#26 Miyako Ishiuchi
Interview with Miyako Ishiuchi
Miyako Ishiuchi, a receptionist of the 2014 Hasselblad award, is an internationally renowned Japanese photographer. She was born in 1947 and grew up in Yokosuka, which was influenced by a postwar American military base. Her recent work includes pictures of her mother’s remains and personal effects left by those who lost their lives by an atomic bomb fallen to Hiroshima. We interviewed her about her passion to photography, the themes of her photographs and her recent exhibition of Hiroshima in New York.
– For the past few years, you have been renowned as a photographer of personal effects left behind by those who lost their lives by an atomic bomb fallen to Hiroshima. What made you take pictures of these remains in Hiroshima?
I hadn’t had any interest in Hiroshima and had never been there until I started to work on a project of the personal belongings by those in Hiroshima in 2007 for a publishing company.
Before me, many photographers had already taken pictures in Hiroshima and Hiroshima had never come up to me as a theme for my photographs. However, a publisher whom I met at my exhibition of “Mother’s” in Tokyo, which showcased pieces that I introduced at the Venice Biennale as a representative of Japan Pavilion, was eager to have me to take pictures in Hiroshima and his passion changed my mind.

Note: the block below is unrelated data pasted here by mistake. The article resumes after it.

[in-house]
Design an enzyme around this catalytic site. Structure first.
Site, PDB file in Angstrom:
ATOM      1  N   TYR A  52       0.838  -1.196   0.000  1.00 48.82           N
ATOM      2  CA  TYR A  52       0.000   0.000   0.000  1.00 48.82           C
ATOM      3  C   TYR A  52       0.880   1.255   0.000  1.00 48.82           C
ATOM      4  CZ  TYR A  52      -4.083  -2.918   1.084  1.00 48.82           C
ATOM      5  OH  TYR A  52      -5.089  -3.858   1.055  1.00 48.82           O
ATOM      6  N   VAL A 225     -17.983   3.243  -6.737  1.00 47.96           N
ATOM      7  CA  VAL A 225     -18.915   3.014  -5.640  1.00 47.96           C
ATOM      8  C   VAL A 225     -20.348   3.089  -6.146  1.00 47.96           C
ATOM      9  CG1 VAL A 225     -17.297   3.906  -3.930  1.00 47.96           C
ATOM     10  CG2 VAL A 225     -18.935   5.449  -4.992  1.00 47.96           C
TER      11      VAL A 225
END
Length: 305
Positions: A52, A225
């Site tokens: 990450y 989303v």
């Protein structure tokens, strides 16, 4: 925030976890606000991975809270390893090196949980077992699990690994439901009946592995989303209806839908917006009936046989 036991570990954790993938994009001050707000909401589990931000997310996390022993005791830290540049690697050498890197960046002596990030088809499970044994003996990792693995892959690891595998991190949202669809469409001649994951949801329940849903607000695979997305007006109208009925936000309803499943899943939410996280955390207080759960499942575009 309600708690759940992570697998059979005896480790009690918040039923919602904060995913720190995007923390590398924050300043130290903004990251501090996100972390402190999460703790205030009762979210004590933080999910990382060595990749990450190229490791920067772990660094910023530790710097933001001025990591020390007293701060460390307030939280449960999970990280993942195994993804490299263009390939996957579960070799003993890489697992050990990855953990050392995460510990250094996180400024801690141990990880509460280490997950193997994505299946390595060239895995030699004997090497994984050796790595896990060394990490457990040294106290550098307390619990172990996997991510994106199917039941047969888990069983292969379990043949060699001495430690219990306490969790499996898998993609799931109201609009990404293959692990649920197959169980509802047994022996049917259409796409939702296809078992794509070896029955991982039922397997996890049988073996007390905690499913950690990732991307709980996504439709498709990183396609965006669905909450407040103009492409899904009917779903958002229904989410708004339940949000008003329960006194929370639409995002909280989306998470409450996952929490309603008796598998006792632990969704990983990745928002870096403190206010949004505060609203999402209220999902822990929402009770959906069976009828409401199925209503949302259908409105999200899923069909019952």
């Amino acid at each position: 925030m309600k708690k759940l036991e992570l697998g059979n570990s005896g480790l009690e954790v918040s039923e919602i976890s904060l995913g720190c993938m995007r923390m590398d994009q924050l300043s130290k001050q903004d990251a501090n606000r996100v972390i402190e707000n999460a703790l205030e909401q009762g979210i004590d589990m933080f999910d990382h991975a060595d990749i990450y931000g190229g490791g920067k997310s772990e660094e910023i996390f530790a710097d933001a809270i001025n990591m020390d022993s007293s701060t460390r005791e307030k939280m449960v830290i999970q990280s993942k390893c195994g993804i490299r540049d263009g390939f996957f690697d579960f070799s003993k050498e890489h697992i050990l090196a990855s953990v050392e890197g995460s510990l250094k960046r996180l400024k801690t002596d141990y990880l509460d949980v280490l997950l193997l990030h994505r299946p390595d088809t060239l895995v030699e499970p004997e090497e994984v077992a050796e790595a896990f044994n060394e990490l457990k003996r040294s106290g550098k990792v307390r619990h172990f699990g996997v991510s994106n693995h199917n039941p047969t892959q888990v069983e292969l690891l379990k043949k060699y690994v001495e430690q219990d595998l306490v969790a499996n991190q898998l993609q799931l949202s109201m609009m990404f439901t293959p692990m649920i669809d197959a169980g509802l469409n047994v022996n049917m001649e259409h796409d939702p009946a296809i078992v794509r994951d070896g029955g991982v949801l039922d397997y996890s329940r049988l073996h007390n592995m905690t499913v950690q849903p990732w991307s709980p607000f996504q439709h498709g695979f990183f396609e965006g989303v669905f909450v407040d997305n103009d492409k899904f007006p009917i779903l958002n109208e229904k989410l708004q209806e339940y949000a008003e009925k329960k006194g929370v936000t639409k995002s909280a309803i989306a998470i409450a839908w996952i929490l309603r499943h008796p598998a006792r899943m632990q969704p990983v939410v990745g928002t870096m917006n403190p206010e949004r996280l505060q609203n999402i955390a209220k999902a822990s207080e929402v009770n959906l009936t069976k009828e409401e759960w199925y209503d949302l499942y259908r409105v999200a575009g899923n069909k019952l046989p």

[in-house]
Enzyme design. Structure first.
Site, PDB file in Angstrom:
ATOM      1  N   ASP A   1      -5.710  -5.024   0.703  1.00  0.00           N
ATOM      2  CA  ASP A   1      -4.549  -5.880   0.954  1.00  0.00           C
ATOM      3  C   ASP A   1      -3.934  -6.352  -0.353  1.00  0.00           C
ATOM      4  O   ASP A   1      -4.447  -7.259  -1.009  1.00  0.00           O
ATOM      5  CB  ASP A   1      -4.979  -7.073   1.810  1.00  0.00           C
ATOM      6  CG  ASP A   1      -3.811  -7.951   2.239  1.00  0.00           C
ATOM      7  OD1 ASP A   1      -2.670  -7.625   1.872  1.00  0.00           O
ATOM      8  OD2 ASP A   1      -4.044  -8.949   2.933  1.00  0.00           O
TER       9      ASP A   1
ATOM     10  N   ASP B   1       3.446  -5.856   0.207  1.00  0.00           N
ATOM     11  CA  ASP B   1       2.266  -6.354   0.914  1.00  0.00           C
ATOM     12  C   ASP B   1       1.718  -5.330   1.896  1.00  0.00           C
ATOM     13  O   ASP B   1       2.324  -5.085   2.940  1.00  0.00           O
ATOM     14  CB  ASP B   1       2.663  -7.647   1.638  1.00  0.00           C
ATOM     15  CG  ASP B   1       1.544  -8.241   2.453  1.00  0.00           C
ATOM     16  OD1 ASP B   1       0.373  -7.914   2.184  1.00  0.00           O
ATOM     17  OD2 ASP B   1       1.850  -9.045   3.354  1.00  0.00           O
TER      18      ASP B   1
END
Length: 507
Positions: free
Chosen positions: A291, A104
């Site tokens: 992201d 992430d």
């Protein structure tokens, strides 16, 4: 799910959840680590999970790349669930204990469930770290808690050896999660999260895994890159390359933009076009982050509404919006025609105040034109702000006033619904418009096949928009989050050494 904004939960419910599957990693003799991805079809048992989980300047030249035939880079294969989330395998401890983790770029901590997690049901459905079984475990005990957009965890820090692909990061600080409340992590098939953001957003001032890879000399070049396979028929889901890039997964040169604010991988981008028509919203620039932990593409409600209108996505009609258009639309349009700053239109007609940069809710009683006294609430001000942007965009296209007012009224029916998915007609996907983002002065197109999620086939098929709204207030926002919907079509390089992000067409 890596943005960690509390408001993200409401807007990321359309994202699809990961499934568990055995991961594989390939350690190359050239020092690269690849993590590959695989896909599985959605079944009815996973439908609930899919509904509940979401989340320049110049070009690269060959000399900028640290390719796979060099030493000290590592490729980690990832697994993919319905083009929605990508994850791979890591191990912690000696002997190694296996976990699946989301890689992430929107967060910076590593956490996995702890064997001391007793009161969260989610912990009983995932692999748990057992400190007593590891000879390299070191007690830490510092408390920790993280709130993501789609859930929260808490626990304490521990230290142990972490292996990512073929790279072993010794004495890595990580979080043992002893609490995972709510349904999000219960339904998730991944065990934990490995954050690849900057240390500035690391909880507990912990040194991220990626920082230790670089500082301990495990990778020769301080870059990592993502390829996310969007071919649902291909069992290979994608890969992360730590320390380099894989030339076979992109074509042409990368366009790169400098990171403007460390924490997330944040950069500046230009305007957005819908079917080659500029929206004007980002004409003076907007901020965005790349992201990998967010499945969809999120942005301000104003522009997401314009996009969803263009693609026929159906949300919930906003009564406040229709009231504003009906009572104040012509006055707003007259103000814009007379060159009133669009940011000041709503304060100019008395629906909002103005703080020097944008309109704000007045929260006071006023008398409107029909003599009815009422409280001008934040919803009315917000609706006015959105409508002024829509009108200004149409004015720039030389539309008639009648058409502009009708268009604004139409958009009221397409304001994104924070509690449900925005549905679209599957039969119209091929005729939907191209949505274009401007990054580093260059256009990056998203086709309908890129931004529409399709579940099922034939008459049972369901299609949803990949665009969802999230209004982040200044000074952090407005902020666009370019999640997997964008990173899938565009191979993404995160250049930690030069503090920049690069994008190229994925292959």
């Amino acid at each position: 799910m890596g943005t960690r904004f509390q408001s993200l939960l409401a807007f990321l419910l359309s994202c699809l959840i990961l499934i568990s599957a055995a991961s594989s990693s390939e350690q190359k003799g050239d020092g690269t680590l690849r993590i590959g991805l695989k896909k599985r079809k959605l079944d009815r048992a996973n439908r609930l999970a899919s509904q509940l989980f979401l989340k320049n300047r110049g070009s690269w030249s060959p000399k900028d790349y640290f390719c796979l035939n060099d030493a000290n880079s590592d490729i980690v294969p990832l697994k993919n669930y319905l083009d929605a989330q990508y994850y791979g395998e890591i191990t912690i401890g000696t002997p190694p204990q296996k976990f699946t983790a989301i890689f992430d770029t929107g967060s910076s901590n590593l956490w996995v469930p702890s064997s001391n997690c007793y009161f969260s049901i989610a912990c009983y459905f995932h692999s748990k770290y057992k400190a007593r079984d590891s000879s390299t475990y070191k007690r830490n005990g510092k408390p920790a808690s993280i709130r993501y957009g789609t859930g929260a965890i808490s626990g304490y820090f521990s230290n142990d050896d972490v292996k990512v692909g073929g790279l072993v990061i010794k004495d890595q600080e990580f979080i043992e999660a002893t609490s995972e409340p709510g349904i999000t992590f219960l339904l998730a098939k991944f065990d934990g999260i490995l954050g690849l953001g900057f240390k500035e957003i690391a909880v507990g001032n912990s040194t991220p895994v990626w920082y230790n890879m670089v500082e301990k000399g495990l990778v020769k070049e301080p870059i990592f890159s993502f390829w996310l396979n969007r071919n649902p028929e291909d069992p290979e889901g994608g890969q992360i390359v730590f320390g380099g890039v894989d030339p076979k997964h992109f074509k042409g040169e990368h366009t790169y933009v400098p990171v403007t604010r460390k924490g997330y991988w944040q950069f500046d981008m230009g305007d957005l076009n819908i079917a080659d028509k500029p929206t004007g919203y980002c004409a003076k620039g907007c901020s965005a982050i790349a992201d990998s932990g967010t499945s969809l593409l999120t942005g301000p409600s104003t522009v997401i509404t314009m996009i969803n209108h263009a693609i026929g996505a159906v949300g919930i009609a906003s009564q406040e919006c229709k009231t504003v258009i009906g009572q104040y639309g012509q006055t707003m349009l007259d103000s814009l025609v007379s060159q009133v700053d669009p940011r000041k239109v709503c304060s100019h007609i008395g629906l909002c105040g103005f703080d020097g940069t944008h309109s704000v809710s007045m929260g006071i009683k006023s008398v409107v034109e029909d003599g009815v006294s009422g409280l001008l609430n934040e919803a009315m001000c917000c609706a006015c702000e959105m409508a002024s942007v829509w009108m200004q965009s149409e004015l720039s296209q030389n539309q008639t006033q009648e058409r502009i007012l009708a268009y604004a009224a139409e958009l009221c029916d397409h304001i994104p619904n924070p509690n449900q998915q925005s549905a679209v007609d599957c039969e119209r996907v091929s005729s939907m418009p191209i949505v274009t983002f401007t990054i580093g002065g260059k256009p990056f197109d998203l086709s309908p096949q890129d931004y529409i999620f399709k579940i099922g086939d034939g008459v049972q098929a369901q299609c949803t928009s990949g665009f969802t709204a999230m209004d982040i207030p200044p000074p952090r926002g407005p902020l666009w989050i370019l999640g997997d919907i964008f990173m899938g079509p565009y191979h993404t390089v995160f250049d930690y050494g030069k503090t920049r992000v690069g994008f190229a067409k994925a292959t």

During my first visit to Hiroshima, I just walked around the city to find things that I wanted to take pictures of. Remains that I encountered at the Hiroshima Peace Memorial Museum surprised me since they were completely different from what I imagined. I was impressed by their colors and texture. They were so much more than remains of victims. The gap between my original image of the remains and what I found inspired me, and I started to work on “Hiroshima.”
– What technique did you use to take pictures of the remains at Hiroshima?
I was so nervous about taking pictures of the artifacts left in Hiroshima that I considered buying another camera. But I ended up photographing them in the same way as “Mother’s” by using my hand-held 35mm camera.
When I took pictures for “Mother’s”, I attached my mother’s remains to a glass window and photographed them against the sunlight. There were some items from Hiroshima, of which I wanted to take pictures against the sun but I couldn’t tape them to a window. I had someone make a light box for them so the items to be translucent. The light box was 60 inches long to accommodate one piece, and it was trucked from Tokyo to the basement of the Hiroshima Peace Memorial Museum where I took the pictures. I photographed other items in the sun, in a hallway.